Judas!, to use the favoured Poldark expletive, that was an action-packed night down in Cornwall.
Ossie Whitworth finally got his comeuppance, dragged squealing into the woods after being set upon by Rowella’s husband, and killed in a suitably embarrassing, brutal fashion.
It’s not usually nice to see a Poldark death, but that was particularly satisfying. The greasy, toe-sucking wrong-‘un, so beautifully brought to screen by Christian Brassington, was finally undone by his enormous sexual appetite. And his horse.
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The old rogue had outdone even his low standards when he decided to ditch his mistress, after realising that he could force himself on his poor wife Morwenna (Ellise Chappell) again. His repulsive Ma (Rebecca Front’s Lady Whitworth) had hired a new governess for their child – so his wife’s threats to kill the child if he raped her again were now toothless.
So there he was, round and ready in his extraordinary nightgown, poised to bed his poor, frightened Missus. It’s all really horrific, of course, but Brassington’s fabulous villainy has been quite exquisite to watch as he talked about doing “God’s holy work”. I’ll really miss him. In a way. More than Morwenna does anyway.
As to the death, well, being Ossie, he couldn’t resist a final tumble in the linen with Rowella – all watched by Rowella’s poor husband Arthur Solway from a window. This was all prefaced by the hilarious close-ups of many candles and candlesticks in the lead up to his death – Arthur even threatened him with a candlestick, bought with the money he paid his wife for sex, when he finally confronted the randy Rev in the woods.
There was a fight, only for Whitworth’s horse to bolt and his lifeless body to eventually ending up bruised, battered and (probably for the first time in his terrible life) limp.
“My son was an excellent horseman, did he not ride to hounds?” said Lady Whitworth (so he enjoyed killing foxes too, we see). But will she turn detective and try and finger Drake Carne – George’s number one suspect? This story doesn’t seem quite over.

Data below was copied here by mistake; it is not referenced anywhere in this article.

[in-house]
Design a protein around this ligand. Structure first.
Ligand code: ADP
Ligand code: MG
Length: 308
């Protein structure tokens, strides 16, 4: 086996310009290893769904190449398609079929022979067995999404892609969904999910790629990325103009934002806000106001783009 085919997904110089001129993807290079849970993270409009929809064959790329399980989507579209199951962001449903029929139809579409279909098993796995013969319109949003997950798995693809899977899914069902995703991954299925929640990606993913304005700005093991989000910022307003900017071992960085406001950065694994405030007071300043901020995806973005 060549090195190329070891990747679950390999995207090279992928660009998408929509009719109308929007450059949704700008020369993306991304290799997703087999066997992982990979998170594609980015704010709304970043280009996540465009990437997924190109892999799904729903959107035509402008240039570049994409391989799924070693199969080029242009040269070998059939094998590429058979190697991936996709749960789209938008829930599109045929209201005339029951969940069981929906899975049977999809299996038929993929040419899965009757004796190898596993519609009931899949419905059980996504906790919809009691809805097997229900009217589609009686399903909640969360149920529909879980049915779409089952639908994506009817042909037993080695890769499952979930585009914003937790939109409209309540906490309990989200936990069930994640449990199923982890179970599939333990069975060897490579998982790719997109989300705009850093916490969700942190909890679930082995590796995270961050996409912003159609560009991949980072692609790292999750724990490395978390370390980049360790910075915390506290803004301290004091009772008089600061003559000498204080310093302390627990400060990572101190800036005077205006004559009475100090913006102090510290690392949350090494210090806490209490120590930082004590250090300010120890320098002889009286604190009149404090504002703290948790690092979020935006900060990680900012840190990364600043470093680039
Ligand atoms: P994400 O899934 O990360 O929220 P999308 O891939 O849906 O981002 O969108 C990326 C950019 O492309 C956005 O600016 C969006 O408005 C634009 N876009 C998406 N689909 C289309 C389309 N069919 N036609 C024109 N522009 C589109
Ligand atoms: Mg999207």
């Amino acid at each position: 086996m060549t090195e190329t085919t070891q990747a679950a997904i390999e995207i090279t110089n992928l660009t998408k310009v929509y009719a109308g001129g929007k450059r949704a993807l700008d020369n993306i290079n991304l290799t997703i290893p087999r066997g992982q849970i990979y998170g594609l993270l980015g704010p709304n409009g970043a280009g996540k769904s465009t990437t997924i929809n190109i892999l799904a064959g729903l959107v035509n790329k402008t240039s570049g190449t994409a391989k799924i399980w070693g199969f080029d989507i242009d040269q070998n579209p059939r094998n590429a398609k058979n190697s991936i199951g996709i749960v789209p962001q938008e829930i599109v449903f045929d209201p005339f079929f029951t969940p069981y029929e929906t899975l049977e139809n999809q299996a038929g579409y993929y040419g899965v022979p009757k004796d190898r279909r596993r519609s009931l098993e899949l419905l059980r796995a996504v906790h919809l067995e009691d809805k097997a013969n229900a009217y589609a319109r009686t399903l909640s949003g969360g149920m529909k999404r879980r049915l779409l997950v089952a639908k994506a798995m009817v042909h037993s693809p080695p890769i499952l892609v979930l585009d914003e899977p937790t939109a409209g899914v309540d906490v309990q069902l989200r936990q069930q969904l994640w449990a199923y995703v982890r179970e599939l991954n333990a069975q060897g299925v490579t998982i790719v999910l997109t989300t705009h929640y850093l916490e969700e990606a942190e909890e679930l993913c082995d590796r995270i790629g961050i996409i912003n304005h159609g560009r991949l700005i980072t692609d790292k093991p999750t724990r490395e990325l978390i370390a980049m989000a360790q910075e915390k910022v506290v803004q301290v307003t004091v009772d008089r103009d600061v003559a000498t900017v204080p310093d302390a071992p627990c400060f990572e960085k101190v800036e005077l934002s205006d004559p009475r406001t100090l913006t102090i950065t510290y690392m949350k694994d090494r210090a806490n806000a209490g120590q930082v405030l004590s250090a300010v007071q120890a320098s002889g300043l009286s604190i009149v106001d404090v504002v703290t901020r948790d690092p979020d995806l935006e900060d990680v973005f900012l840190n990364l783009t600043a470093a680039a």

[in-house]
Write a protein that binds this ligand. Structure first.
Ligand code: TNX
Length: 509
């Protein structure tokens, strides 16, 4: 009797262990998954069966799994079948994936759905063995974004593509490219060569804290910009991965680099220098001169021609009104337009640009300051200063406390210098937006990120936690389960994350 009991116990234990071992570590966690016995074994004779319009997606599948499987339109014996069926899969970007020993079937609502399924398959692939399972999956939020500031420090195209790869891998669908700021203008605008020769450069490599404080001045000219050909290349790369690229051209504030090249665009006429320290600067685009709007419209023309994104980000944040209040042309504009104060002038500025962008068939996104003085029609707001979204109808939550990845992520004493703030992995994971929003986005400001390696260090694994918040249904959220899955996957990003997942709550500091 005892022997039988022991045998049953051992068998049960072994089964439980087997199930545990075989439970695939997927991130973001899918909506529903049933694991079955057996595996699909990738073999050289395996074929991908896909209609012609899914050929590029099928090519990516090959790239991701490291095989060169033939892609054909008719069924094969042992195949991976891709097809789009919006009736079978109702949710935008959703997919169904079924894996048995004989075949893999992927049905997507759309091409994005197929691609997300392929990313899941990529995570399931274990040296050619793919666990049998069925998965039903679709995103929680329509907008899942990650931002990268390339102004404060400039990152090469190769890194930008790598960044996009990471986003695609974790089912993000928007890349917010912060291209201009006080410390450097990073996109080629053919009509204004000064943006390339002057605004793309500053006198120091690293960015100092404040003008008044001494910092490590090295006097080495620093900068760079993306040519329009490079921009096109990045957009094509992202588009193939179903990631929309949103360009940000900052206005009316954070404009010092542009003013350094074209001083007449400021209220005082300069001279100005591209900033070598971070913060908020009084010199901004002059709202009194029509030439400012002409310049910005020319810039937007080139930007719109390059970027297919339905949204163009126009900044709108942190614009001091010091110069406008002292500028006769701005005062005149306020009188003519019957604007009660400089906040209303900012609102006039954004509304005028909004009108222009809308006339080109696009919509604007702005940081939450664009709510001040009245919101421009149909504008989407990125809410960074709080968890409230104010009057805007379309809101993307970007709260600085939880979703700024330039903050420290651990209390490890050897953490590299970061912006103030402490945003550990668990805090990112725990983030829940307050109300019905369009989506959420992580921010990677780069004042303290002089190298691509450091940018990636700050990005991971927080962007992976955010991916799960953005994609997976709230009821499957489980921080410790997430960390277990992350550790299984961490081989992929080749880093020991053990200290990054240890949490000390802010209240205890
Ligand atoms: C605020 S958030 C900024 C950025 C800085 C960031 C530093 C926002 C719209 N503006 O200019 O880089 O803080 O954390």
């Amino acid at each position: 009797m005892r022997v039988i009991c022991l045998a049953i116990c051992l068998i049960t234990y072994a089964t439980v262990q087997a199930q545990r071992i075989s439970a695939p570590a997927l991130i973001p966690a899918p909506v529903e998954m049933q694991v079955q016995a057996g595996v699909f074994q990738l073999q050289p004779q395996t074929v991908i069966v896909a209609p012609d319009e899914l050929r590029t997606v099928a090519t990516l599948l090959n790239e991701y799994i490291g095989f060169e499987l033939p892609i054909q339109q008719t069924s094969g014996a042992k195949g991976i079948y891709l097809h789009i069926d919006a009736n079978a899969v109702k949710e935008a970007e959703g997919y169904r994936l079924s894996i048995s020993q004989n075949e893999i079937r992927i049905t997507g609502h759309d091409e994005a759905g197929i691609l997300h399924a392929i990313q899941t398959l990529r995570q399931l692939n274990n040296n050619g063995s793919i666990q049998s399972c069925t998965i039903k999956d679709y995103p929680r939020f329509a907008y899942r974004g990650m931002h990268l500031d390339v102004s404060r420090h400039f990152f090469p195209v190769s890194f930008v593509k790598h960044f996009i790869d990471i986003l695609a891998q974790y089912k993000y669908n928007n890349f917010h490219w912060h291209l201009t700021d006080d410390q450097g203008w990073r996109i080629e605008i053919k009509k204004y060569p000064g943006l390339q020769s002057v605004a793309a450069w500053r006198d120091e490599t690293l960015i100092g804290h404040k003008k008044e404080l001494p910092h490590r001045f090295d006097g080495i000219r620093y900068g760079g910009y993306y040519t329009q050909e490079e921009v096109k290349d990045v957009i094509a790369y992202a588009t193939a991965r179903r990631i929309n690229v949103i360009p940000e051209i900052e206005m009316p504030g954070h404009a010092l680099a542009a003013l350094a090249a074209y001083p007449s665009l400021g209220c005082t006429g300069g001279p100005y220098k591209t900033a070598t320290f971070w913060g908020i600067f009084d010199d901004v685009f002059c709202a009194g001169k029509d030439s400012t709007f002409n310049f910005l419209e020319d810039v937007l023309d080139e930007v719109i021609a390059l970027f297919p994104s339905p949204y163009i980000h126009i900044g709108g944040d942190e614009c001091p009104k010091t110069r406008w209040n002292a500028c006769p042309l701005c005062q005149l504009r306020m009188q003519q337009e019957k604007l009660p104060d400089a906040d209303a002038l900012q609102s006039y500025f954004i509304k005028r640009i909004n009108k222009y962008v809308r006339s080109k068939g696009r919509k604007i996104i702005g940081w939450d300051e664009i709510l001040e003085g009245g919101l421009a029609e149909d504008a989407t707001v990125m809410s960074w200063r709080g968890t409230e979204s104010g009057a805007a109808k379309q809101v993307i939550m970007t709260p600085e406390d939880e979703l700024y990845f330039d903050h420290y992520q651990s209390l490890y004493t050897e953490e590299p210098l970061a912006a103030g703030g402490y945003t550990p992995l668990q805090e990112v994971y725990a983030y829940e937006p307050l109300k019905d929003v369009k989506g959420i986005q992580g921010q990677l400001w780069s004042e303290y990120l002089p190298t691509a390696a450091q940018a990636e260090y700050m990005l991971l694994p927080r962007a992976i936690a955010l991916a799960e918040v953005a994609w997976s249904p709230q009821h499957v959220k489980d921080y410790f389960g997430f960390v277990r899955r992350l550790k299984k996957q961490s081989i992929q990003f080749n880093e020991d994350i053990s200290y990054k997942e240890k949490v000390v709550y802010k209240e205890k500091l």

With Hardyesque irony, the death of the Rev happened just as Drake had finally decided to make an honest women of Rosina, the lovely local girl who, if you recall, had the hots for Dr Enys in series 2.
Her Dad was none too pleased about the doc’s attentions then, and after Drake jilted her on their wedding day was in no mood to be mollified. With the help of Tom Harry’s equally brutish brother, and at the instigation of George, he had his forge burned down.
But not before Lady Whitworth threatened to have Drake horsewhipped (horses again!) when he came mooning for Morwenna.
Poor Drake. It marked a tough night for him, especially when Morwenna told him to be off. She was “sick” and “tainted” she said, her grey desolate eyes showing just how much her husband had sucked the life out of her.
But at least she was able to finally have her say to Elizabeth and George, the two people who had pushed her into Ossie’s clutches.
“I loathed him with every bone in my body”, she said, leaving even George looking a tad sheepish, and Elizabeth distraught.
Elizabeth hasn’t had much to do this series, but but it’s been interesting to witness what seems like a constant battle between light and dark going on in her head. Opening the episode with approving chuckles at her husband’s cruel remarks about keeping the poor down, she clearly has some feeling for Morwenna. And she asked George to leave Drake alone. “You go too far, George,” she remarked with hilarious understatement.
And perhaps she still has some warm feelings for Ross too. They had a scene in London together after our hero saved Geoffrey Charles from a beating while drunk in a London club. Ross seemed to look on his nephew’s antics benevolently – after all, we have been told many times what a roisterer he was in his day.
But we didn’t see much of our hero tonight. He was mainly in London getting letters from Demelza telling how much “you children your wife, your dog” (I think in that order) missed him. She, meanwhile, was seeing a lot of Dr Enys – something Prudie found not to be “proper” (thus reminding us of her now absent husband Jud who was rather fond of the word).
But we did see Ross try and wean Caroline away from her grief and make some great speeches in Parliament, one espousing some very progressive views about supplementing the wages of the poor. It was extraordinary. Ross Podark, soldier, seafarer, father, lover – and now founding father of the Welfare State, precursor, even, of Corbynism (He spoke of the “birthright of the few not of all” – a faint echo of Labour’s “For the many, not the few” it seemed).
Is there nothing this man can’t do? He has also caught the eye of the Prime Minister, Pitt. So we’ll be expecting even greater things next week. Once we’ve buried the vicar.
This article was originally published on 6 July 2018